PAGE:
iPad Pro iPad Pro 10.5 slow pixel response/motion blur?

Discussion in 'iPad' started by mactr0n, Jun 13, 2017.

  1. mactr0n, Jun 13, 2017
    Last edited: Jun 13, 2017

    mactr0n macrumors newbie

    mactr0n

    Joined:
    Jun 13, 2017
    #1
    I got my new iPad Pro 10.5 today and noticed that the pixel response is slow and there is some kind of motion blur (see pictures and slow motion video). Had an iPad 4 mini before and can't remember it was that bad.

    Is it just me or does anybody else got a problem with it? Could somebody please make a slow motion video of an iPad Pro 10.5 similar to the one below and post it here?

    Pictures:
    [​IMG]
    [​IMG]

    Video (slow motion):
     
  2. AndyGarton macrumors member

    Joined:
    Sep 15, 2007
    #3
    I think yours might be faulty. The point of ProMotion (the 120fps part at least) is that it removes motion blur. Text stays near perfectly sharp when scrolling, it’s pretty awesome.
     
  3. epca12 macrumors regular

    Joined:
    Jun 11, 2017
    Location:
    UK
    #4
    That looks like it could be faulty, it'd probably be best to return it or try out others in store to make sure it is just yours
     
  4. Sanlitun, Jun 13, 2017
    Last edited: Jun 13, 2017
  5. texasstar1981 macrumors regular

    Joined:
    May 4, 2015
    #6
    check out the audio of the youtube video... audible at beginning and the end. dead silent in between... it's a slow motion video... nice trick and "funny"

    p.s. the ipad also moves slightly at beginning and end - but ZERO movement in between. another indicator for slow-mo
     
  6. mactr0n thread starter macrumors newbie

    mactr0n

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    Jun 13, 2017
    #7
    Sry! I thought this was obvious. In slow motion you can see it much better.
     
  7. AndyGarton macrumors member

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    Sep 15, 2007
    #8
    It’s deliberately slow motion to show the problem.
     
  8. mariotr87 macrumors regular

    Joined:
    Aug 12, 2011
    #9
    I'm not sure this video is actually exposing an issue. Icons are moving, and you're capturing that movement at a rate higher than the display's refresh rate itself. Surely this is what you would expect?

    If you do the same with any of the previous displays you should see that icons travel more distance from frame to frame, but that's just because of the lower refresh rate.

    The question is whether the movement seems natural to the eye? If in doubt you can always check another unit at an Apple Store.
     
  9. mw78 macrumors newbie

    Joined:
    Sep 29, 2015
    #10
    I'm not seeing any motion blur on my 10.5. If in doubt, send it back.
     
  10. mactr0n thread starter macrumors newbie

    mactr0n

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    Jun 13, 2017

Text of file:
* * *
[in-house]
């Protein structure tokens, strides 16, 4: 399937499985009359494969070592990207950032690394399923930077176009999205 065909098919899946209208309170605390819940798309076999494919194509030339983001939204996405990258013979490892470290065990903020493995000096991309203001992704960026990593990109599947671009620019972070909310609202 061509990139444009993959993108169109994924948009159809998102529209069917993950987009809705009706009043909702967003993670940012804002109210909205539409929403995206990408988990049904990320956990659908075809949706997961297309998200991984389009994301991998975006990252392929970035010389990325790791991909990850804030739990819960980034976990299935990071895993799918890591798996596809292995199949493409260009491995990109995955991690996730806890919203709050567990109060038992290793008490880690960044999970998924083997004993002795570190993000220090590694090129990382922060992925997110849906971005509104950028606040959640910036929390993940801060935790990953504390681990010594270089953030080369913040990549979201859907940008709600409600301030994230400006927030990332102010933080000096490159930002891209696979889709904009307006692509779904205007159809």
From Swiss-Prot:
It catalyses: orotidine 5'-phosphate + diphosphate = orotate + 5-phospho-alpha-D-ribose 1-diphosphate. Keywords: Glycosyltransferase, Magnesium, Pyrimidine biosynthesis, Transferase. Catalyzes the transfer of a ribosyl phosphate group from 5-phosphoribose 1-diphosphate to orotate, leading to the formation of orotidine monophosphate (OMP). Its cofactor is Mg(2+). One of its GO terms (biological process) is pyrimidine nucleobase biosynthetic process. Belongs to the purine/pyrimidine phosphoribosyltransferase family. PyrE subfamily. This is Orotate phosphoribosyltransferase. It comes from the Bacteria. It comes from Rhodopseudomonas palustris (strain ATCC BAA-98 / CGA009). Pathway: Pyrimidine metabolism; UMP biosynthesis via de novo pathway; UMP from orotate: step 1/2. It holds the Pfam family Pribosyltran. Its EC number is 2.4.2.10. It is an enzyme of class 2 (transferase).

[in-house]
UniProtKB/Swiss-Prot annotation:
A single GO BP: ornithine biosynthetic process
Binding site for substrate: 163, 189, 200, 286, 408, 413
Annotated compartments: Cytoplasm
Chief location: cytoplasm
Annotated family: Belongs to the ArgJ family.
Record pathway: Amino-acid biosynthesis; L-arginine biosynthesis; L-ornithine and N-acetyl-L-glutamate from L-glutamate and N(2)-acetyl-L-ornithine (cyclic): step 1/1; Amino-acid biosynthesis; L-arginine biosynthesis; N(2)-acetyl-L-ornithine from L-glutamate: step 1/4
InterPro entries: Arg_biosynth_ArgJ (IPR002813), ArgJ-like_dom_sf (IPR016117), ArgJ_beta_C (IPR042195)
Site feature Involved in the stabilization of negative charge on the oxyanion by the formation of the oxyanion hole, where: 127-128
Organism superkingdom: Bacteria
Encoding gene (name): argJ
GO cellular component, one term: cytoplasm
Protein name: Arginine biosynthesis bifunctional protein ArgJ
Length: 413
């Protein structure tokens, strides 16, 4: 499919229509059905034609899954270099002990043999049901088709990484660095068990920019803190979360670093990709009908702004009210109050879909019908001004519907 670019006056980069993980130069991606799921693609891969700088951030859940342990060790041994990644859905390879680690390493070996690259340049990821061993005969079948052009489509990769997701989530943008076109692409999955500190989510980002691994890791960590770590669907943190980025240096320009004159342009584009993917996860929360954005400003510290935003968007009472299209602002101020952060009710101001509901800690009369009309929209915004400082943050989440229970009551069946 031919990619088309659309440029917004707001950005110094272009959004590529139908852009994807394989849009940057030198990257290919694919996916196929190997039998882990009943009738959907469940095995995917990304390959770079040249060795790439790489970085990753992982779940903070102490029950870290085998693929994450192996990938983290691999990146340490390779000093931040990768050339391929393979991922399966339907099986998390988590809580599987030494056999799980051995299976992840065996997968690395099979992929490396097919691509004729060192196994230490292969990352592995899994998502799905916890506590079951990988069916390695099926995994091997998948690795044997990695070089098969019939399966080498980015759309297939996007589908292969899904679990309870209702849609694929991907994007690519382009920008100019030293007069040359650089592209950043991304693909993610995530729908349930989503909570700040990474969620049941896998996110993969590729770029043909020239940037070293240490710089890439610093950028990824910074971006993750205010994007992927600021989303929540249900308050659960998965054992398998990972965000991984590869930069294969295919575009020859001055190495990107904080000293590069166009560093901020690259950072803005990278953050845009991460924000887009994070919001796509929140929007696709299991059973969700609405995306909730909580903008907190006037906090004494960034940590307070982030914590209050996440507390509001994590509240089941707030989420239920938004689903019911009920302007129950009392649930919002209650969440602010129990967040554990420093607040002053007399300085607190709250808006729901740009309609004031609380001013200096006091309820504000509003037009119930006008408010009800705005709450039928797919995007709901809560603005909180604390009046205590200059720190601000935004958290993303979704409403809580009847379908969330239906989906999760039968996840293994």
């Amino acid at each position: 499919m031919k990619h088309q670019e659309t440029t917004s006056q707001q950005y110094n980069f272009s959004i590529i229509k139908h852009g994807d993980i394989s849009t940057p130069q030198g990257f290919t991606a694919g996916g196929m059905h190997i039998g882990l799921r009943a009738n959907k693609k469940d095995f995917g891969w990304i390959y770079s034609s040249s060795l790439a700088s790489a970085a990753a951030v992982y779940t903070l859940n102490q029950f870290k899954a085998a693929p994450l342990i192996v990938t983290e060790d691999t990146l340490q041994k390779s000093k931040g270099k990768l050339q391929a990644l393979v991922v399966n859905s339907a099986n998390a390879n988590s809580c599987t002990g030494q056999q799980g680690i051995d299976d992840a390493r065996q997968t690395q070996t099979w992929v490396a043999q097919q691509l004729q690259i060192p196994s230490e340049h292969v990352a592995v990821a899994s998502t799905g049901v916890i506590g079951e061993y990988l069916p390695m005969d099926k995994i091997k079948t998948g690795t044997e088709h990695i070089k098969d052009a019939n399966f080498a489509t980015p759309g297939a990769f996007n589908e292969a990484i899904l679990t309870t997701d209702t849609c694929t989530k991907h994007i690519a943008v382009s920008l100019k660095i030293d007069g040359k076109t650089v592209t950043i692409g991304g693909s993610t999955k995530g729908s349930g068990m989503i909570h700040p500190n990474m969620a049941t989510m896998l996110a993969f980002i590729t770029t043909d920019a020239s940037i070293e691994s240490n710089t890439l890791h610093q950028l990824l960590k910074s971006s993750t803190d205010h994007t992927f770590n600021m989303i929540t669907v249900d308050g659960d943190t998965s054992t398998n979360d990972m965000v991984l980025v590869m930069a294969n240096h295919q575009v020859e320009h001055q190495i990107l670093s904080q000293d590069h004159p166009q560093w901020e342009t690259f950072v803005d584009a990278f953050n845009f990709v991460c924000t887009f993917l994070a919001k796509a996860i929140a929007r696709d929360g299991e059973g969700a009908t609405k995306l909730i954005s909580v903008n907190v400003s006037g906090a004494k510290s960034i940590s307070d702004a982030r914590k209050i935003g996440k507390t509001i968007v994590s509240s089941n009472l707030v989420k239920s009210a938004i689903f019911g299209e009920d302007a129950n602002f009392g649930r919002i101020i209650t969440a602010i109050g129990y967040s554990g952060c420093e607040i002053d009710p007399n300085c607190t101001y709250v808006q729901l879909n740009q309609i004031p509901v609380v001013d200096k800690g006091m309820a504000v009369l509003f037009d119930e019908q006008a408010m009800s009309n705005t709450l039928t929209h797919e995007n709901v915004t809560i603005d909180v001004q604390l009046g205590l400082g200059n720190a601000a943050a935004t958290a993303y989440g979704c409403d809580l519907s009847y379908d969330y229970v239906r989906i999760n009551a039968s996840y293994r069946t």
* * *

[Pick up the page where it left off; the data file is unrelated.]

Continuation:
#11
    I will try to finde one at a local store tomorrow and see if it shows the same behaviour.
     
  11. Krevnik macrumors 68040

    Krevnik

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    Sep 8, 2003
    #12
    LCD's response time is meh, and has been for a long time. Motion at 120Hz will (and does) show marked improvement over 60Hz, but will still show the motion blur coming from the LCD panel itself.

    To give an example, one of the best LCD response times for TVs is around 13ms. 60Hz has a period of 16ms. 120Hz has a period of 8ms. So even if Apple is using one of the best LCD displays on the planet, the response time won't quite be up to the task of showing 120Hz cleanly. But the motion will still appear smoother, with less latency, and more clarity, than at 60Hz.

    As long as the response time is roughly 13ms, the blur is roughly the same. The problem is that our eyes and brain also play a part and can affect the perception of how much blur there is. Especially with sample-and-hold displays like LCD and OLED.

    But it is possible there's other factors like overshoot in play between the two models.
     
  12. AndyGarton macrumors member

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    Sep 15, 2007
  13. mactr0n thread starter macrumors newbie

    mactr0n

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    Jun 13, 2017
    #14
    Great explanation! I think I'm just too sensitive and have to get used to it.

    Already saw that video. It show exactly the same behaviour.
     
  14. Krevnik macrumors 68040

    Krevnik

    Joined:
    Sep 8, 2003
    #15
    Yeah, I'm pretty sensitive to flicker and blur myself, so I can sympathize.

    Yup. That video looks exactly like normal behavior for an LCD.
     
  15. captain_ben, Jun 27, 2017
    Last edited: Jun 28, 2017

    captain_ben macrumors newbie

    Joined:
    Jun 27, 2017
    #16
    Same here: I upgraded from a 2011 iPad 2 and made the same observation on my iPad Pro 10.5 almost immediately after turning it on.